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Directors' know how is a monthly article, which highlights key rule changes, proposed changes and market updates so that you know what is coming down the track.

Monitoring report issued on Statement of Principles for disapplying pre-emption rights

The Pre-Emption Group has published a monitoring report on the implementation of its 2015 Statement of Principles for disapplying pre-emption rights and a template resolution for disapplying pre-emption rights to assist companies.

Pre-emption gives existing shareholders in a company the right to subscribe for their pro rata share of any new shares in that company issued for cash. They may be disapplied only by a special resolution of shareholders at a general meeting of the company. The Pre-Emption Group’s 2015 Statement of Principles provided guidance to companies and shareholders on the factors to take account when considering whether to disapply pre-emption rights.

The monitoring report finds that, in general, the 2015 Statement of Principles has generally been adhered to and reinforces the importance of open dialogue and engagement between companies and investors.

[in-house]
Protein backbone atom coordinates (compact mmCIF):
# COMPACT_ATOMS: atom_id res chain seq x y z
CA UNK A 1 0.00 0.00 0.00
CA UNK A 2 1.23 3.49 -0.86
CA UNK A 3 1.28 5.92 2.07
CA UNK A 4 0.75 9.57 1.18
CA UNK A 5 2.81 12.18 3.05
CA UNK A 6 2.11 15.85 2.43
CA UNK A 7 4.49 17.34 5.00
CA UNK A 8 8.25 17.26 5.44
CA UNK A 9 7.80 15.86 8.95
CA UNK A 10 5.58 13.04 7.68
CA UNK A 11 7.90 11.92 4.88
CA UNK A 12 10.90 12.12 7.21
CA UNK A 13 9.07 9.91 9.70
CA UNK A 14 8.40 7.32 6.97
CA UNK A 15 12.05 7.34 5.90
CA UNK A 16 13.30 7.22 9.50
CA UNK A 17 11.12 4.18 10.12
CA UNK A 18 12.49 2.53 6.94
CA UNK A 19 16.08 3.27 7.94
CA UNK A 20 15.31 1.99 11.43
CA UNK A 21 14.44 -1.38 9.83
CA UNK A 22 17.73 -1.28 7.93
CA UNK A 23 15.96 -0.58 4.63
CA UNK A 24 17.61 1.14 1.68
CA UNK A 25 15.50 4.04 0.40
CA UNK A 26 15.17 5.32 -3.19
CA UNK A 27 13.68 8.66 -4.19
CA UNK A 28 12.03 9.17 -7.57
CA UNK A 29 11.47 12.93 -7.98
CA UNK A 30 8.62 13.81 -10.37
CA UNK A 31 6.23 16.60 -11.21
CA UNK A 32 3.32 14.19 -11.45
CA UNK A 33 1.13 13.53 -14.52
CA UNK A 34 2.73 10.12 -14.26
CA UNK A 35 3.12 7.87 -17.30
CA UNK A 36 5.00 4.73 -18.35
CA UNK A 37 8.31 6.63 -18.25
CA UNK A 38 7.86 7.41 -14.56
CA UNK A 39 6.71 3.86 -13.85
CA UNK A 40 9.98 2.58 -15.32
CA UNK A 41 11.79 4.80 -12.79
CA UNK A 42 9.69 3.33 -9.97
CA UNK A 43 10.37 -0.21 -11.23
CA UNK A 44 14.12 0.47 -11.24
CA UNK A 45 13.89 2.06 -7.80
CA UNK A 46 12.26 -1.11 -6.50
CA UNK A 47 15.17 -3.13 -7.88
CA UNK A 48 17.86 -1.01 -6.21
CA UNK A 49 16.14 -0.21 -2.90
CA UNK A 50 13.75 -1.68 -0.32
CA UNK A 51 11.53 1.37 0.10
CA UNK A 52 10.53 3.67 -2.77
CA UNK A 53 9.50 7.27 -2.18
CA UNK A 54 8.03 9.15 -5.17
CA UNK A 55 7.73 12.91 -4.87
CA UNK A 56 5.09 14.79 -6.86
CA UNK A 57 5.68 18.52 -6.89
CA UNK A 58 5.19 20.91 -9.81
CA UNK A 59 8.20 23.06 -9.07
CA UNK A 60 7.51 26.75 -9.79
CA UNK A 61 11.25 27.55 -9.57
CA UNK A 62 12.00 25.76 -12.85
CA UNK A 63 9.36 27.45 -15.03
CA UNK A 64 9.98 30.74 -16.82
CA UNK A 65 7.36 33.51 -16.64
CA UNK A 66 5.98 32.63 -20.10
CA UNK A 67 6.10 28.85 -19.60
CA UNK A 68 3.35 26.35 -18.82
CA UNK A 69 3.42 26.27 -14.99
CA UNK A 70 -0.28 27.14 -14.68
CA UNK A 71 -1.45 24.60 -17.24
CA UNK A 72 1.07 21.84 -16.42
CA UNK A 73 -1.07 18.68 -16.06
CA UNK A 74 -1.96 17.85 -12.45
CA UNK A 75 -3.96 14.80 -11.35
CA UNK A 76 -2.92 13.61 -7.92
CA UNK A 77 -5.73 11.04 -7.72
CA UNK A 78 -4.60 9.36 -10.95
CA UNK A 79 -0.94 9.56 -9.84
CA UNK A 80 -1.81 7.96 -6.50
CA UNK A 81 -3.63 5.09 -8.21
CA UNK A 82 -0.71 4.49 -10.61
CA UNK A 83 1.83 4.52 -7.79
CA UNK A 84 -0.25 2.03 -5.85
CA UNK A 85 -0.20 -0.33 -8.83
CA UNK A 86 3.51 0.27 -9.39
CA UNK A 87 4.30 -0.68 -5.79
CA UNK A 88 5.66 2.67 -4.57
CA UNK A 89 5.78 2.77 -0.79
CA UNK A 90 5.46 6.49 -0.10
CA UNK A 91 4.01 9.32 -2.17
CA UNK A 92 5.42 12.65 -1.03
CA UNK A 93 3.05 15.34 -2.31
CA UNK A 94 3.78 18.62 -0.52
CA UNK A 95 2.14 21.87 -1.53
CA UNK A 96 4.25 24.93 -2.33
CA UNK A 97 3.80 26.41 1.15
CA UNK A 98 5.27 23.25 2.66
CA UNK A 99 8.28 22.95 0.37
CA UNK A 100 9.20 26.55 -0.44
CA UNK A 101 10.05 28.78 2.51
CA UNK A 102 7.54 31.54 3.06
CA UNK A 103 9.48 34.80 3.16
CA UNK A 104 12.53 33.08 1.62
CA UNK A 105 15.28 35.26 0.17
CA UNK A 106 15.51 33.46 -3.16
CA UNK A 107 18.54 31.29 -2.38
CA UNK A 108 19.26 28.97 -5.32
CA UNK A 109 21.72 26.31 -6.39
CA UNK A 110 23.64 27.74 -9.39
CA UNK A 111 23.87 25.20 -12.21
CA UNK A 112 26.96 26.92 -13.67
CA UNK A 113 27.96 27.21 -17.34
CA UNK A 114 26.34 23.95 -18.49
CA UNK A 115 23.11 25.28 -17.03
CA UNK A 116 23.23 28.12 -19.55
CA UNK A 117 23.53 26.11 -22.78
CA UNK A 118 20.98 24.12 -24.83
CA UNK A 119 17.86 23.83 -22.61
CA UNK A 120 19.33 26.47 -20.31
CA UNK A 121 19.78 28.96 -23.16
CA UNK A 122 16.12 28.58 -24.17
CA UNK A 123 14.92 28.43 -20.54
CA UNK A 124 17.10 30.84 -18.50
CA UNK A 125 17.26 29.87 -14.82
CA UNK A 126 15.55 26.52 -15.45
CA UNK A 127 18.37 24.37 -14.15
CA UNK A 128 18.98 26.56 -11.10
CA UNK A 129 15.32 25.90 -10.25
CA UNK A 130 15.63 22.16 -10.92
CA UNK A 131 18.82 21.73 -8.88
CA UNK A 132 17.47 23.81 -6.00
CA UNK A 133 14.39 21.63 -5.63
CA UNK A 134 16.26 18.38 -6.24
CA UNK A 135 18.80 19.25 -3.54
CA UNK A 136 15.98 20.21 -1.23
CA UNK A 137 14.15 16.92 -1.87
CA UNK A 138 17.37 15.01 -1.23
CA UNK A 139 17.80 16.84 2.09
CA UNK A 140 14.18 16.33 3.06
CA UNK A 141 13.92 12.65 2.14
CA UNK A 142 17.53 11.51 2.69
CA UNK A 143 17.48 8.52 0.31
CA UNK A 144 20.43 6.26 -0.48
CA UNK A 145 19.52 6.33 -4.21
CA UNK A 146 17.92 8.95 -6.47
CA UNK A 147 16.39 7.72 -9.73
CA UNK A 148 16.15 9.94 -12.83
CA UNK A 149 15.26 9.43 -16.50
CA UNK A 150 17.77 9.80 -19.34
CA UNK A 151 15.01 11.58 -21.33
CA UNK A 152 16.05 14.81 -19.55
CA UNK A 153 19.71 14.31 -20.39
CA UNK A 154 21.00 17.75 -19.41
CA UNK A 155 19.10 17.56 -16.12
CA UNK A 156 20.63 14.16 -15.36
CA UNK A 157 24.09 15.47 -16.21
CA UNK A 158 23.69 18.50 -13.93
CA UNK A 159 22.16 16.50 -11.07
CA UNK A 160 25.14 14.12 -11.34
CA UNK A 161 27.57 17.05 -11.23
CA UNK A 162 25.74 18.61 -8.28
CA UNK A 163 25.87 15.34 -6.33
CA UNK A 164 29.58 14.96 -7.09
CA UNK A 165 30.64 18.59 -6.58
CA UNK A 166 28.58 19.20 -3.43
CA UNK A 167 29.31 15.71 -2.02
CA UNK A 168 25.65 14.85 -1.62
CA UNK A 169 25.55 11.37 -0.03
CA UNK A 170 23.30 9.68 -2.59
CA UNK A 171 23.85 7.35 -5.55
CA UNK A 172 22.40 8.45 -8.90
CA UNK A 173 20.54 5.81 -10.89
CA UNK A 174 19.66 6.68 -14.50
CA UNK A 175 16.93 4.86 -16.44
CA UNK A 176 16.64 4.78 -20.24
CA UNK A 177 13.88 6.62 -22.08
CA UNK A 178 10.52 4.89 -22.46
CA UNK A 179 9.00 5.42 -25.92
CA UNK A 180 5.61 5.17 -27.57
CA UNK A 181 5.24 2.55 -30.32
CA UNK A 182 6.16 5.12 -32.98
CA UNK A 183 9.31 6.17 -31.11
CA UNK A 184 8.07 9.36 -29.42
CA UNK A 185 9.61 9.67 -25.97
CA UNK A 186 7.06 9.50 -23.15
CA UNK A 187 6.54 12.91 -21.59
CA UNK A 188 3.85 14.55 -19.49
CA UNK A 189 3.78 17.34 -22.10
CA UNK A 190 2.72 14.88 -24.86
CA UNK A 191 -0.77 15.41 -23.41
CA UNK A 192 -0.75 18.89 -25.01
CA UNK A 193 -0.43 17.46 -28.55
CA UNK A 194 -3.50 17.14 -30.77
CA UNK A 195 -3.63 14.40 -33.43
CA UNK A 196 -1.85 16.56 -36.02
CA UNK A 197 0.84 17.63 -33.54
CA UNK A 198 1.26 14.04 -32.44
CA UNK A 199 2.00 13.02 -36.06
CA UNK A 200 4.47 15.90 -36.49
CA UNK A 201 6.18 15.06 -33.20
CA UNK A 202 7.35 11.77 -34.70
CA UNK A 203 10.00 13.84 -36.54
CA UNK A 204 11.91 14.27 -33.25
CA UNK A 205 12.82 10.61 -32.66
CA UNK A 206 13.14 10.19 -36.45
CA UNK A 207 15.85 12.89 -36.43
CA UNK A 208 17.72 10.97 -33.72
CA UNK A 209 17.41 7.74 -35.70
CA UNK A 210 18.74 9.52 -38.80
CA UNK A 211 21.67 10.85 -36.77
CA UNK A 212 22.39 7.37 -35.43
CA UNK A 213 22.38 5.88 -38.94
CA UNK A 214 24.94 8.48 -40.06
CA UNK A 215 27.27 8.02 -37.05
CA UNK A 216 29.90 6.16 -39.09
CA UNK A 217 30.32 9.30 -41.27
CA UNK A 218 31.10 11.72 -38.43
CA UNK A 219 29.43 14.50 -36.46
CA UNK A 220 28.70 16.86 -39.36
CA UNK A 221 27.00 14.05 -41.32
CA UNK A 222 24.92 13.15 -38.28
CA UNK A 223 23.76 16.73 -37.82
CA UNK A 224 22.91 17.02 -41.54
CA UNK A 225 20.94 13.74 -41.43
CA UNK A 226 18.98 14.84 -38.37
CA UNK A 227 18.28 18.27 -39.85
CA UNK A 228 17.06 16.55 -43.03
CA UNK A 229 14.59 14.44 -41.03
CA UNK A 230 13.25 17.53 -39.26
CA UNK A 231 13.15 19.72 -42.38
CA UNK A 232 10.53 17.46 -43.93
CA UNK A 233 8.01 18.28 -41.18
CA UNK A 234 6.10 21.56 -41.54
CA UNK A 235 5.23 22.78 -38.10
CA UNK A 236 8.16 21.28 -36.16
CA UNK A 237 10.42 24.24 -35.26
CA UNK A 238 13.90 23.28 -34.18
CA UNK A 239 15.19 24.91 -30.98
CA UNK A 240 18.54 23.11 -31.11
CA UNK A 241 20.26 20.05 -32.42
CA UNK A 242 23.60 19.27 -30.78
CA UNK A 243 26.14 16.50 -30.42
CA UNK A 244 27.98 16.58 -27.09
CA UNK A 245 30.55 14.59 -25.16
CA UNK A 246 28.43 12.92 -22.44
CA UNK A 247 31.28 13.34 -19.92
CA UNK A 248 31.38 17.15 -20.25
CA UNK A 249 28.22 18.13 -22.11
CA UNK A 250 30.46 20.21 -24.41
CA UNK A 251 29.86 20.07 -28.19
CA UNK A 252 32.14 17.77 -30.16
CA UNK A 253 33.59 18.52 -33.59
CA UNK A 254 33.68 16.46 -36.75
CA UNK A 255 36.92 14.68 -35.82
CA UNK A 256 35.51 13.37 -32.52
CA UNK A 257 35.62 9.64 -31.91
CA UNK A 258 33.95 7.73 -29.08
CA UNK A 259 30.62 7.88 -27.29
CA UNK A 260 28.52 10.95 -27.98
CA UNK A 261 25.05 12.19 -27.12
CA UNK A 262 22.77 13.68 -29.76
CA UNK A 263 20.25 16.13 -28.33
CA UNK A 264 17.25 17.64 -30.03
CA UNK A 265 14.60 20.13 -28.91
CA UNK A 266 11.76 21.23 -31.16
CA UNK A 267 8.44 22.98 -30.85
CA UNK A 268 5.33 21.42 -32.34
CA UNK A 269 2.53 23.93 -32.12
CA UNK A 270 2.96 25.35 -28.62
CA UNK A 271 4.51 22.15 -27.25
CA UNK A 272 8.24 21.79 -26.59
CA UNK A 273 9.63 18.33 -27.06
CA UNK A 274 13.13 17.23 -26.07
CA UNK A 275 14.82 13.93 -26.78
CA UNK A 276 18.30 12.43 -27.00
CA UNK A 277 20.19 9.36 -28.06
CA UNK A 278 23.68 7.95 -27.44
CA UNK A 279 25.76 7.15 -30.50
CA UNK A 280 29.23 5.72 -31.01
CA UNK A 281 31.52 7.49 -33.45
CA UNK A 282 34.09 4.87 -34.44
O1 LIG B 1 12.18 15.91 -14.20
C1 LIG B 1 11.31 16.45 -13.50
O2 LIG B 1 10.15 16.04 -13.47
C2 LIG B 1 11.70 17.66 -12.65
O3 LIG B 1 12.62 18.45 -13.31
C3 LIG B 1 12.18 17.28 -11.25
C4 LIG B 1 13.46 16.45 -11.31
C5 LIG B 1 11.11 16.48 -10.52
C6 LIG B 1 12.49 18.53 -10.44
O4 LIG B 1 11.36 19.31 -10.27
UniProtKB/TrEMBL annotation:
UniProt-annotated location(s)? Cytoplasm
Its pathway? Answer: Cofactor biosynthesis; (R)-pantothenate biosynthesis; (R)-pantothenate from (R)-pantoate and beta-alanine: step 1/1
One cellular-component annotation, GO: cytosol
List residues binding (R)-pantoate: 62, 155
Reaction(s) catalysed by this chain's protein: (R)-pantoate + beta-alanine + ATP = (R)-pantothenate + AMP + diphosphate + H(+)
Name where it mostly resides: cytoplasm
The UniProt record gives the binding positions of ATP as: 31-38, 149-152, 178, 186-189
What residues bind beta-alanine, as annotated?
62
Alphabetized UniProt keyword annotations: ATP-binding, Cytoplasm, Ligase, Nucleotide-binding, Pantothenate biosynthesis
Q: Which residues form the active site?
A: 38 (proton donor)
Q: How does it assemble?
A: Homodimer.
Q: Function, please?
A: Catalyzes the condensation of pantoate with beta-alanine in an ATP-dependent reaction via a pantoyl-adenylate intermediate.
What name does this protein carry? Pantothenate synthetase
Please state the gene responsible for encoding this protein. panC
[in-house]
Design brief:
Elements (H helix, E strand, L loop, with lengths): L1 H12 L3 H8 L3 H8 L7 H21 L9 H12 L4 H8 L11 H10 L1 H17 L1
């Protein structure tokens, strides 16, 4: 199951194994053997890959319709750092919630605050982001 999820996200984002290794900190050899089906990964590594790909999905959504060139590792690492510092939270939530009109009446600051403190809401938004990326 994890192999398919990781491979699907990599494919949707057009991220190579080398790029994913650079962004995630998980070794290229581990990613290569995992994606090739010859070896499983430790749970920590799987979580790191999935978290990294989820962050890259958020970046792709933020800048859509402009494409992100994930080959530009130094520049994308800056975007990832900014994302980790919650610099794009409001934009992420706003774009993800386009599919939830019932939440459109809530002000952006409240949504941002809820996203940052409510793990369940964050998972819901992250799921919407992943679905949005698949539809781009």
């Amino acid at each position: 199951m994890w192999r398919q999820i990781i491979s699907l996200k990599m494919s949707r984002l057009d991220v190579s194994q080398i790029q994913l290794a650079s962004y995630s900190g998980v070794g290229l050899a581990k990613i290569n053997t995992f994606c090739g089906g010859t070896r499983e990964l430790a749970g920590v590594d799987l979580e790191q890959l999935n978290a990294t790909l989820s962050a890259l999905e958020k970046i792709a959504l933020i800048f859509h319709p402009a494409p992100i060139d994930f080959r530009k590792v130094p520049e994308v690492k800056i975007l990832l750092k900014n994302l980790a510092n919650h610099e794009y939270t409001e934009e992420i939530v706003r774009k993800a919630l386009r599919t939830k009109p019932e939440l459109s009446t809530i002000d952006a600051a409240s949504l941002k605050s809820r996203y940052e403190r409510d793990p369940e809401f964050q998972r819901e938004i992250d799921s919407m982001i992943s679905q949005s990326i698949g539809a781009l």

Nonetheless, the Pre-Emption Group has issued a template resolution to assist companies, outlining good practice in requests for disapplication. The template recommends companies propose two separate resolutions to cover the disapplication by the Statement of Principles:

  • The first resolution requests a five per cent disapplication to be used on an unrestricted basis; and
  • The second resolution, to be put forward when appropriate, requests authority to disapply pre-emption rights when the board consider the use to be for an acquisition or specified capital investment in accordance with the 2015 Statement of Principles.